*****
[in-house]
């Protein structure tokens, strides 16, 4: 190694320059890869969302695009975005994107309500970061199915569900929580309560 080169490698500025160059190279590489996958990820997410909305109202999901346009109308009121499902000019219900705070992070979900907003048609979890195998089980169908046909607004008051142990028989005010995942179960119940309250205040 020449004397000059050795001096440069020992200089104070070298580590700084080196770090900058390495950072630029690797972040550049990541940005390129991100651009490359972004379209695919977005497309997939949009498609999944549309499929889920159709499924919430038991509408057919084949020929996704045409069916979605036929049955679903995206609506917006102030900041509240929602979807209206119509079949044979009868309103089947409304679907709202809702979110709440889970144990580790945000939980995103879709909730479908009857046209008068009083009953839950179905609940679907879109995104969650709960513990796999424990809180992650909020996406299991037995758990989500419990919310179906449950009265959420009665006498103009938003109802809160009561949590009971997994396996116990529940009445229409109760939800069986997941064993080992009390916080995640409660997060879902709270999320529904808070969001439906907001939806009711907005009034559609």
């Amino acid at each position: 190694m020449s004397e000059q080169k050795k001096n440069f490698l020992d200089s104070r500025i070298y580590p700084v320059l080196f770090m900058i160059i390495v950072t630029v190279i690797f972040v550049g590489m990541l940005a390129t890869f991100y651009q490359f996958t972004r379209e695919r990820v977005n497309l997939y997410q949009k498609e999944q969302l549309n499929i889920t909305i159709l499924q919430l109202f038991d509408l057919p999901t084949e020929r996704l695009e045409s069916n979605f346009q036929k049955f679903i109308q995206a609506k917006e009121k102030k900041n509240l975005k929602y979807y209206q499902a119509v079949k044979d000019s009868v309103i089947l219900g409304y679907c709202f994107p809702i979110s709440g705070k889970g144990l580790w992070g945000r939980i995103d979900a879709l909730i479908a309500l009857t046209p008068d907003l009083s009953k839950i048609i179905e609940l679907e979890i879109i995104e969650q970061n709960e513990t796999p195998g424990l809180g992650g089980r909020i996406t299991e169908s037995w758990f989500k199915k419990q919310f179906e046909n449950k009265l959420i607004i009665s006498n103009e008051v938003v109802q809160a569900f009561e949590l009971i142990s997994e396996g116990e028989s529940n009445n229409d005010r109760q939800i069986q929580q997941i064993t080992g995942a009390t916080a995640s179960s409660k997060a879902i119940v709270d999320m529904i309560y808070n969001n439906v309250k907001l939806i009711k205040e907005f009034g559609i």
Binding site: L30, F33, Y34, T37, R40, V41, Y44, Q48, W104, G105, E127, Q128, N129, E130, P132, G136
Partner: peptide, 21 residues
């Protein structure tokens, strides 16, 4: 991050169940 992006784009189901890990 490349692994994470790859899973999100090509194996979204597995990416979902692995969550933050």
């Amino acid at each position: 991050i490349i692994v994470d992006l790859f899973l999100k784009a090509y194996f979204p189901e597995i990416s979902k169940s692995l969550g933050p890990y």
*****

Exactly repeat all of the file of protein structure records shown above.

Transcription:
[in-house]
């Protein structure tokens, strides 16, 4: 190694320059890869969302695009975005994107309500970061199915569900929580309560 080169490698500025160059190279590489996958990820997410909305109202999901346009109308009121499902000019219900705070992070979900907003048609979890195998089980169908046909607004008051142990028989005010995942179960119940309250205040 020449004397000059050795001096440069020992200089104070070298580590700084080196770090900058390495950072630029690797972040550049990541940005390129991100651009490359972004379209695919977005497309997939949009498609999944549309499929889920159709499924919430038991509408057919084949020929996704045409069916979605036929049955679903995206609506917006102030900041509240929602979807209206119509079949044979009868309103089947409304679907709202809702979110709440889970144990580790945000939980995103879709909730479908009857046209008068009083009953839950179905609940679907879109995104969650709960513990796999424990809180992650909020996406299991037995758990989500419990919310179906449950009265959420009665006498103009938003109802809160009561949590009971997994396996116990529940009445229409109760939800069986997941064993080992009390916080995640409660997060879902709270999320529904808070969001439906907001939806009711907005009034559609």
């Amino acid at each position: 190694m020449s004397e000059q080169k050795k001096n440069f490698l020992d200089s104070r500025i070298y580590p700084v320059l080196f770090m900058i160059i390495v950072t630029v190279i690797f972040v550049g590489m990541l940005a390129t890869f991100y651009q490359f996958t972004r379209e695919r990820v977005n497309l997939y997410q949009k498609e999944q969302l549309n499929i889920t909305i159709l499924q919430l109202f038991d509408l057919p999901t084949e020929r996704l695009e045409s069916n979605f346009q036929k049955f679903i109308q995206a609506k917006e009121k102030k900041n509240l975005k929602y979807y209206q499902a119509v079949k044979d000019s009868v309103i089947l219900g409304y679907c709202f994107p809702i979110s709440g705070k889970g144990l580790w992070g945000r939980i995103d979900a879709l909730i479908a309500l009857t046209p008068d907003l009083s009953k839950i048609i179905e609940l679907e979890i879109i995104e969650q970061n709960e513990t796999p195998g424990l809180g992650g089980r909020i996406t299991e169908s037995w758990f989500k199915k419990q919310f179906e046909n449950k009265l959420i607004i009665s006498n103009e008051v938003v109802q809160a569900f009561e949590l009971i142990s997994e396996g116990e028989s529940n009445n229409d005010r109760q939800i069986q929580q997941i064993t080992g995942a009390t916080a995640s179960s409660k997060a879902i119940v709270d999320m529904i309560y808070n969001n439906v309250k907001l939806i009711k205040e907005f009034g559609i």
Binding site: L30, F33, Y34, T37, R40, V41, Y44, Q48, W104, G105, E127, Q128, N129, E130, P132, G136
Partner: peptide, 21 residues
């Protein structure tokens, strides 16, 4: 991050169940 992006784009189901890990 490349692994994470790859899973999100090509194996979204597995990416979902692995969550933050």
């Amino acid at each position: 991050i490349i692994v994470d992006l790859f899973l999100k784009a090509y194996f979204p189901e597995i990416s979902k169940s692995l969550g933050p890990y």